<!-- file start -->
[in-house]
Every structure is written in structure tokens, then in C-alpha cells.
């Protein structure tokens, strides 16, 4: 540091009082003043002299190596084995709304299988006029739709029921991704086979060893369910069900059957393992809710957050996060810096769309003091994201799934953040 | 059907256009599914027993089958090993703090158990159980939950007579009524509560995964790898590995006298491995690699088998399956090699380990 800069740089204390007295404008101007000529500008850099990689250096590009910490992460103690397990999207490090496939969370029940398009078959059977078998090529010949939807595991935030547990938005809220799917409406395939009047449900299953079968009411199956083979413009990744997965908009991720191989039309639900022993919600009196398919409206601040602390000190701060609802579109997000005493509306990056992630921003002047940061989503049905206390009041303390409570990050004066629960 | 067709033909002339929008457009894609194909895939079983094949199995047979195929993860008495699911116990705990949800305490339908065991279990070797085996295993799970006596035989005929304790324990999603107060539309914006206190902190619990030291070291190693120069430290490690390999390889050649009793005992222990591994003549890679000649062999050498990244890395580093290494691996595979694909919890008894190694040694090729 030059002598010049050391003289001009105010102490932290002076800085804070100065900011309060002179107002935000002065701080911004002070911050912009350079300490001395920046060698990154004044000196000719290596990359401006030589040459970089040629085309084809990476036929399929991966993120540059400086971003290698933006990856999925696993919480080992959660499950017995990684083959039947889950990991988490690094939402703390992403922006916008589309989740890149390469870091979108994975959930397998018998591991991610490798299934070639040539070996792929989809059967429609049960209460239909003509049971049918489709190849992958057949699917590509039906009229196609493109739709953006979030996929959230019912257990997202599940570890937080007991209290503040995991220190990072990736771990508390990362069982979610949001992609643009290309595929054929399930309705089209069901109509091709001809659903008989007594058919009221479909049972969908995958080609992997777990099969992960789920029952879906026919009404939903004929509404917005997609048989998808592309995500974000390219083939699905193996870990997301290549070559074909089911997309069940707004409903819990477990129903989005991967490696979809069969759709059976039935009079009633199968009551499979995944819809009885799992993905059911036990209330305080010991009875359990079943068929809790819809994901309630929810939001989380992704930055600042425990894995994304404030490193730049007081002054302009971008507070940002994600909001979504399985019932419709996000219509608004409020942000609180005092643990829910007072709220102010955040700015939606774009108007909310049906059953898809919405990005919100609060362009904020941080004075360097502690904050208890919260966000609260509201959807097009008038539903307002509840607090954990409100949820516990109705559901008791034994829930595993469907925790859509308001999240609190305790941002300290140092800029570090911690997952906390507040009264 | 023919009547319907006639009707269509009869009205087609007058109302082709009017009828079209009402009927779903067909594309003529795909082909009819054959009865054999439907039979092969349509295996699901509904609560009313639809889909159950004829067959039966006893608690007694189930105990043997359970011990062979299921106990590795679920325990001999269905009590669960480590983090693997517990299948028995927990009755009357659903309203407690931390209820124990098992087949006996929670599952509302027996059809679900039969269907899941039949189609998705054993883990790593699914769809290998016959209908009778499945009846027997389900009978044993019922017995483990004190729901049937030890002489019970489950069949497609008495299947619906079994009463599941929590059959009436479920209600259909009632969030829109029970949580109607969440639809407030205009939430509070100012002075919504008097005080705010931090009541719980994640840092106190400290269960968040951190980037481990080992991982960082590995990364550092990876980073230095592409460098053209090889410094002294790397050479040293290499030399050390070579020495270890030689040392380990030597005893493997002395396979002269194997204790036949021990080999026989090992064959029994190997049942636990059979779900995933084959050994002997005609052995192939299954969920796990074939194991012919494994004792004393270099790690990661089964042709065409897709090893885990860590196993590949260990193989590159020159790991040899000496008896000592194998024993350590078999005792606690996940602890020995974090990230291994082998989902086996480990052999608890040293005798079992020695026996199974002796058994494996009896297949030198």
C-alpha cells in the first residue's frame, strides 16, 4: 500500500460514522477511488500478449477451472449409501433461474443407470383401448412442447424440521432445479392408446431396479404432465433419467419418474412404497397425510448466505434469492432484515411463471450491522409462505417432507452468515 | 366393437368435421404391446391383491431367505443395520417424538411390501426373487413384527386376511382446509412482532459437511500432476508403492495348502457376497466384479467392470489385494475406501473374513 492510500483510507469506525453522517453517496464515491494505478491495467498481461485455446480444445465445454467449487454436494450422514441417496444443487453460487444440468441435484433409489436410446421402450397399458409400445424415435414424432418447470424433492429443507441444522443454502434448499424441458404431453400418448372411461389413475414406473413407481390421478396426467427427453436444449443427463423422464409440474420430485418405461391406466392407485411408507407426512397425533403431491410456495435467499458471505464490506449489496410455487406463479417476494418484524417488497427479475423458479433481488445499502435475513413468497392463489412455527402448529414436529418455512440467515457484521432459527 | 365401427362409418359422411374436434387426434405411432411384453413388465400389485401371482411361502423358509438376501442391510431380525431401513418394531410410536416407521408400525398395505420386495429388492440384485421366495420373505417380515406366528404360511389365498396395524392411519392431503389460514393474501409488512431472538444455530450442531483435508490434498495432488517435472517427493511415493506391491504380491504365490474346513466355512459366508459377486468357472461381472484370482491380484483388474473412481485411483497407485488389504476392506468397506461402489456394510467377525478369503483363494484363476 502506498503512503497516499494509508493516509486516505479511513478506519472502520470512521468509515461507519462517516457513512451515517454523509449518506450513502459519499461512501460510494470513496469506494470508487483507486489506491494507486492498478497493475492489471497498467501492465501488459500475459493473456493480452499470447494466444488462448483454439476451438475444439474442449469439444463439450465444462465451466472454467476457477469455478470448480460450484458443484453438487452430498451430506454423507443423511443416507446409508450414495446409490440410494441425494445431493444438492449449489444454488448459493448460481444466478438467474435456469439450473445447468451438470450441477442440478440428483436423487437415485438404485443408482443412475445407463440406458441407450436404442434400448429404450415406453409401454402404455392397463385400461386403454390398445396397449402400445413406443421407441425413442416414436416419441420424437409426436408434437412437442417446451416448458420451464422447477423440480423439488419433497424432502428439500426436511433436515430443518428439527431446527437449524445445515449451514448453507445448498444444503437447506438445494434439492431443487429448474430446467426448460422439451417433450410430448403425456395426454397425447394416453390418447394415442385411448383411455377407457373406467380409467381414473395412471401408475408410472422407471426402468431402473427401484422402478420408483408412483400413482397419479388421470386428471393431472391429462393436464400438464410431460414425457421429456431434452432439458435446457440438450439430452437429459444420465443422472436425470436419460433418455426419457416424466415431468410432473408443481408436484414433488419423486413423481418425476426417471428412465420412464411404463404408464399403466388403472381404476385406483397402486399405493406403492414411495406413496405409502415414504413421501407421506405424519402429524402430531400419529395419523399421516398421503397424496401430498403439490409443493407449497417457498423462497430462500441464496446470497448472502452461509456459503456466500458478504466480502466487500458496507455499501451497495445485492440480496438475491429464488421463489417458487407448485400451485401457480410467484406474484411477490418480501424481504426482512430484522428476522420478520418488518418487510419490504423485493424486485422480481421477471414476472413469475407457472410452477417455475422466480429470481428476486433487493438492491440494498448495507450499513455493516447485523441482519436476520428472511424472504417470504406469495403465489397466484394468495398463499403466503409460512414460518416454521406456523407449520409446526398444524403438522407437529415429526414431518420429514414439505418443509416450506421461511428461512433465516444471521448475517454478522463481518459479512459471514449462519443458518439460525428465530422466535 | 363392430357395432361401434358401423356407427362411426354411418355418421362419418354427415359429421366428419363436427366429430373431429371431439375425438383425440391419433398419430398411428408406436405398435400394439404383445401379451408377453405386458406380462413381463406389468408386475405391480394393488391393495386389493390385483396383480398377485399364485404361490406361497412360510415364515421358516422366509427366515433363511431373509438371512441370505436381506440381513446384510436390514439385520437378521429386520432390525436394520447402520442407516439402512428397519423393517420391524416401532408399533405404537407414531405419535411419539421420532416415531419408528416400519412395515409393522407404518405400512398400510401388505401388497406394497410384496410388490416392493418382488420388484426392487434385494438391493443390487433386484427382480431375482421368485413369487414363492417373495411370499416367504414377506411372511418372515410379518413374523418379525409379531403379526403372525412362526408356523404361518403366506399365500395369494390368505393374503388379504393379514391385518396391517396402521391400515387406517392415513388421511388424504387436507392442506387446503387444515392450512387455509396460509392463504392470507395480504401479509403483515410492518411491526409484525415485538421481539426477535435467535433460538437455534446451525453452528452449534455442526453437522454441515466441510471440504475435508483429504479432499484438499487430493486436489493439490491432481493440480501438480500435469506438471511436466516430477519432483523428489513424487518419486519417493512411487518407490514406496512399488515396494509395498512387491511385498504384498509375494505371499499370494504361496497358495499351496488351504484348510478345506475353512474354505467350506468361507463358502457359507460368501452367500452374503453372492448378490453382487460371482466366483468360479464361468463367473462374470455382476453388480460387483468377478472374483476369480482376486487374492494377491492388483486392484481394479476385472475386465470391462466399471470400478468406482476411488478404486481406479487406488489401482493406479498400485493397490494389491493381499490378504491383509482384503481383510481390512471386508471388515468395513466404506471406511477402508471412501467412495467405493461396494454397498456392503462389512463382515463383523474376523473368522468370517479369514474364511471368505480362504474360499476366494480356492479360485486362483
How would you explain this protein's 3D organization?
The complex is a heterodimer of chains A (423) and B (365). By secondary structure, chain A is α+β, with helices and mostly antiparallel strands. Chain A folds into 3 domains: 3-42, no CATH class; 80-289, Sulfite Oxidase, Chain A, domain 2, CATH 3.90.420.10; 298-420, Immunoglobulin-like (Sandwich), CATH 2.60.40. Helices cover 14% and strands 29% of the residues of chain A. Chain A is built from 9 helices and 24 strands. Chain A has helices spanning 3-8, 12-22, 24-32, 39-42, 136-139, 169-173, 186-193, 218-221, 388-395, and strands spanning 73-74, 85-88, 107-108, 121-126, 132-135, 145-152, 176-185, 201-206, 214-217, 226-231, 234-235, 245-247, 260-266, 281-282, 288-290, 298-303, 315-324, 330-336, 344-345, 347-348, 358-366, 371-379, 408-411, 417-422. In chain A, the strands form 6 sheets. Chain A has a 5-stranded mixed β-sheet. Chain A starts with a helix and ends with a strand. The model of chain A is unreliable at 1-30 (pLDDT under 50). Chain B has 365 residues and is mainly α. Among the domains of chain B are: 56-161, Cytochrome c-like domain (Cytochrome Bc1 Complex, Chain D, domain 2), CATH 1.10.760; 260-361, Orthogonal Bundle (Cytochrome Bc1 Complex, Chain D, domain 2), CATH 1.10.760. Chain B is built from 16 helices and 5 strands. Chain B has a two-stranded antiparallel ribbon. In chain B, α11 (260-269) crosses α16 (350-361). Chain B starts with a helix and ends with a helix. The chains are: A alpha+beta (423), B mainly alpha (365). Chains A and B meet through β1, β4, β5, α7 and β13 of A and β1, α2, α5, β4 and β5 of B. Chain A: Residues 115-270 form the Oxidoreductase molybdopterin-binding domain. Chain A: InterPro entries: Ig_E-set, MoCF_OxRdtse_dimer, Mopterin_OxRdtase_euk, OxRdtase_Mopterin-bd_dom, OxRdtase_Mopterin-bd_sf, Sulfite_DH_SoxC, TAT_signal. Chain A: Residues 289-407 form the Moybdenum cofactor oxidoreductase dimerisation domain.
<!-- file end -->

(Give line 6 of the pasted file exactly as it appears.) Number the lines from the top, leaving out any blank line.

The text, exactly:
The complex is a heterodimer of chains A (423) and B (365). By secondary structure, chain A is α+β, with helices and mostly antiparallel strands. Chain A folds into 3 domains: 3-42, no CATH class; 80-289, Sulfite Oxidase, Chain A, domain 2, CATH 3.90.420.10; 298-420, Immunoglobulin-like (Sandwich), CATH 2.60.40. Helices cover 14% and strands 29% of the residues of chain A. Chain A is built from 9 helices and 24 strands. Chain A has helices spanning 3-8, 12-22, 24-32, 39-42, 136-139, 169-173, 186-193, 218-221, 388-395, and strands spanning 73-74, 85-88, 107-108, 121-126, 132-135, 145-152, 176-185, 201-206, 214-217, 226-231, 234-235, 245-247, 260-266, 281-282, 288-290, 298-303, 315-324, 330-336, 344-345, 347-348, 358-366, 371-379, 408-411, 417-422. In chain A, the strands form 6 sheets. Chain A has a 5-stranded mixed β-sheet. Chain A starts with a helix and ends with a strand. The model of chain A is unreliable at 1-30 (pLDDT under 50). Chain B has 365 residues and is mainly α. Among the domains of chain B are: 56-161, Cytochrome c-like domain (Cytochrome Bc1 Complex, Chain D, domain 2), CATH 1.10.760; 260-361, Orthogonal Bundle (Cytochrome Bc1 Complex, Chain D, domain 2), CATH 1.10.760. Chain B is built from 16 helices and 5 strands. Chain B has a two-stranded antiparallel ribbon. In chain B, α11 (260-269) crosses α16 (350-361). Chain B starts with a helix and ends with a helix. The chains are: A alpha+beta (423), B mainly alpha (365). Chains A and B meet through β1, β4, β5, α7 and β13 of A and β1, α2, α5, β4 and β5 of B. Chain A: Residues 115-270 form the Oxidoreductase molybdopterin-binding domain. Chain A: InterPro entries: Ig_E-set, MoCF_OxRdtse_dimer, Mopterin_OxRdtase_euk, OxRdtase_Mopterin-bd_dom, OxRdtase_Mopterin-bd_sf, Sulfite_DH_SoxC, TAT_signal. Chain A: Residues 289-407 form the Moybdenum cofactor oxidoreductase dimerisation domain.